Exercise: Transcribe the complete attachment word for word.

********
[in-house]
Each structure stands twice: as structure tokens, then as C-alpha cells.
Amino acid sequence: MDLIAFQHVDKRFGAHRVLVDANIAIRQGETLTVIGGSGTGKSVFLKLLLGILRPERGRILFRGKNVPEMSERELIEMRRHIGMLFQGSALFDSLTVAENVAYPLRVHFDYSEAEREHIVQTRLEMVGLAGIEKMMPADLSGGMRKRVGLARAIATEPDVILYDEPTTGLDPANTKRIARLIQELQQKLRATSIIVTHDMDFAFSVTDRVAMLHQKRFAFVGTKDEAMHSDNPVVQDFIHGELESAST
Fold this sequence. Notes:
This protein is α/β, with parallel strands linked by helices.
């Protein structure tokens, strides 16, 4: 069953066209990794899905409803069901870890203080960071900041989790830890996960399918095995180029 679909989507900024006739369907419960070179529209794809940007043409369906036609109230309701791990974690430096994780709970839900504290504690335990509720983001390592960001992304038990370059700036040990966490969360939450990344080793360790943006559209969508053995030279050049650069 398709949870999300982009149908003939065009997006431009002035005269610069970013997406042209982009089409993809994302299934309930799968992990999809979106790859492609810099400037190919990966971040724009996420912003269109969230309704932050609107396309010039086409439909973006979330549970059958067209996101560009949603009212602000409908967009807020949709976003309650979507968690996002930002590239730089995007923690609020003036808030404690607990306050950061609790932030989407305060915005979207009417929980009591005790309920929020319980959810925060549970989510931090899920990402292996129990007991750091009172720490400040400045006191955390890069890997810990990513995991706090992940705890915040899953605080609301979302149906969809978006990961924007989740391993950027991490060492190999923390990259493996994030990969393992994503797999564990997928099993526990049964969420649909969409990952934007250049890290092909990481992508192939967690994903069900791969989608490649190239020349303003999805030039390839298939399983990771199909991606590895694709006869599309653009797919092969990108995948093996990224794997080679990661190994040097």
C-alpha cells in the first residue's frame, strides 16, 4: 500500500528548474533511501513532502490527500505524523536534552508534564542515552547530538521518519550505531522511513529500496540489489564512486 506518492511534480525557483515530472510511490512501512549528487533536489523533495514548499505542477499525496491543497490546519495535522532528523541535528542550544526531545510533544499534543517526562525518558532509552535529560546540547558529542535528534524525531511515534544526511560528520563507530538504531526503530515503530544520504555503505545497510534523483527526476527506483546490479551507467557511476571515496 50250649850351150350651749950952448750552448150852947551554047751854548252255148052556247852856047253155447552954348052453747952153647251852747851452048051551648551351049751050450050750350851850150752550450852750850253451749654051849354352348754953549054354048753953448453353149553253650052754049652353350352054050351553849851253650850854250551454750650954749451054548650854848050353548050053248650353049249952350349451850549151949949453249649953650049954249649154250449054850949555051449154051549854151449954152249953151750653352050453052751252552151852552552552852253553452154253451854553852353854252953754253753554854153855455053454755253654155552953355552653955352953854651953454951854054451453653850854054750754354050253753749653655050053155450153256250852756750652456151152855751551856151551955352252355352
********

[in-house]
Each structure stands twice: as structure tokens, then as C-alpha cells.
Amino acid sequence: MDLIAFQHVDKRFGAHRVLVDANIAIRQGETLTVIGGSGTGKSVFLKLLLGILRPERGRILFRGKNVPEMSERELIEMRRHIGMLFQGSALFDSLTVAENVAYPLRVHFDYSEAEREHIVQTRLEMVGLAGIEKMMPADLSGGMRKRVGLARAIATEPDVILYDEPTTGLDPANTKRIARLIQELQQKLRATSIIVTHDMDFAFSVTDRVAMLHQKRFAFVGTKDEAMHSDNPVVQDFIHGELESAST
Fold this sequence. Notes:
This protein is α/β, with parallel strands linked by helices.
């Protein structure tokens, strides 16, 4: 069953066209990794899905409803069901870890203080960071900041989790830890996960399918095995180029 679909989507900024006739369907419960070179529209794809940007043409369906036609109230309701791990974690430096994780709970839900504290504690335990509720983001390592960001992304038990370059700036040990966490969360939450990344080793360790943006559209969508053995030279050049650069 398709949870999300982009149908003939065009997006431009002035005269610069970013997406042209982009089409993809994302299934309930799968992990999809979106790859492609810099400037190919990966971040724009996420912003269109969230309704932050609107396309010039086409439909973006979330549970059958067209996101560009949603009212602000409908967009807020949709976003309650979507968690996002930002590239730089995007923690609020003036808030404690607990306050950061609790932030989407305060915005979207009417929980009591005790309920929020319980959810925060549970989510931090899920990402292996129990007991750091009172720490400040400045006191955390890069890997810990990513995991706090992940705890915040899953605080609301979302149906969809978006990961924007989740391993950027991490060492190999923390990259493996994030990969393992994503797999564990997928099993526990049964969420649909969409990952934007250049890290092909990481992508192939967690994903069900791969989608490649190239020349303003999805030039390839298939399983990771199909991606590895694709006869599309653009797919092969990108995948093996990224794997080679990661190994040097």
C-alpha cells in the first residue's frame, strides 16, 4: 500500500528548474533511501513532502490527500505524523536534552508534564542515552547530538521518519550505531522511513529500496540489489564512486 506518492511534480525557483515530472510511490512501512549528487533536489523533495514548499505542477499525496491543497490546519495535522532528523541535528542550544526531545510533544499534543517526562525518558532509552535529560546540547558529542535528534524525531511515534544526511560528520563507530538504531526503530515503530544520504555503505545497510534523483527526476527506483546490479551507467557511476571515496 50250649850351150350651749950952448750552448150852947551554047751854548252255148052556247852856047253155447552954348052453747952153647251852747851452048051551648551351049751050450050750350851850150752550450852750850253451749654051849354352348754953549054354048753953448453353149553253650052754049652353350352054050351553849851253650850854250551454750650954749451054548650854848050353548050053248650353049249952350349451850549151949949453249649953650049954249649154250449054850949555051449154051549854151449954152249953151750653352050453052751252552151852552552552852253553452154253451854553852353854252953754253753554854153855455053454755253654155552953355552653955352953854651953454951854054451453653850854054750754354050253753749653655050053155450153256250852756750652456151152855751551856151551955352252355352